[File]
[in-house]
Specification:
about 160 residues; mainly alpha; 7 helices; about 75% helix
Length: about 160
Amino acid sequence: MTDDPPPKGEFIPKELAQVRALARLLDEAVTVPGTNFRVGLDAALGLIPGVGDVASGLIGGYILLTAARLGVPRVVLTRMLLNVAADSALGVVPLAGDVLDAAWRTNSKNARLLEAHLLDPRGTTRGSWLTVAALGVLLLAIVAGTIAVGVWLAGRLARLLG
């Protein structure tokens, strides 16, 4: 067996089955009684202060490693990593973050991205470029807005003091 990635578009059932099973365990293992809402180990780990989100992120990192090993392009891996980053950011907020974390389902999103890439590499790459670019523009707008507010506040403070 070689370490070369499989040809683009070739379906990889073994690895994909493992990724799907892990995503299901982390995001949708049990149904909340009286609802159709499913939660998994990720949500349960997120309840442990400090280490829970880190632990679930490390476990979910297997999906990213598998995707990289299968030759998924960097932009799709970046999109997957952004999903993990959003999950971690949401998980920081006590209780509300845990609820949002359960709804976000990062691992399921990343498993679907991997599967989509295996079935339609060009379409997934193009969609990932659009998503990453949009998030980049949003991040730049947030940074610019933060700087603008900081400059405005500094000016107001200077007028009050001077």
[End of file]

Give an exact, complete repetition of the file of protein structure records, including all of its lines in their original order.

[in-house]
Specification:
about 160 residues; mainly alpha; 7 helices; about 75% helix
Length: about 160
Amino acid sequence: MTDDPPPKGEFIPKELAQVRALARLLDEAVTVPGTNFRVGLDAALGLIPGVGDVASGLIGGYILLTAARLGVPRVVLTRMLLNVAADSALGVVPLAGDVLDAAWRTNSKNARLLEAHLLDPRGTTRGSWLTVAALGVLLLAIVAGTIAVGVWLAGRLARLLG
């Protein structure tokens, strides 16, 4: 067996089955009684202060490693990593973050991205470029807005003091 990635578009059932099973365990293992809402180990780990989100992120990192090993392009891996980053950011907020974390389902999103890439590499790459670019523009707008507010506040403070 070689370490070369499989040809683009070739379906990889073994690895994909493992990724799907892990995503299901982390995001949708049990149904909340009286609802159709499913939660998994990720949500349960997120309840442990400090280490829970880190632990679930490390476990979910297997999906990213598998995707990289299968030759998924960097932009799709970046999109997957952004999903993990959003999950971690949401998980920081006590209780509300845990609820949002359960709804976000990062691992399921990343498993679907991997599967989509295996079935339609060009379409997934193009969609990932659009998503990453949009998030980049949003991040730049947030940074610019933060700087603008900081400059405005500094000016107001200077007028009050001077």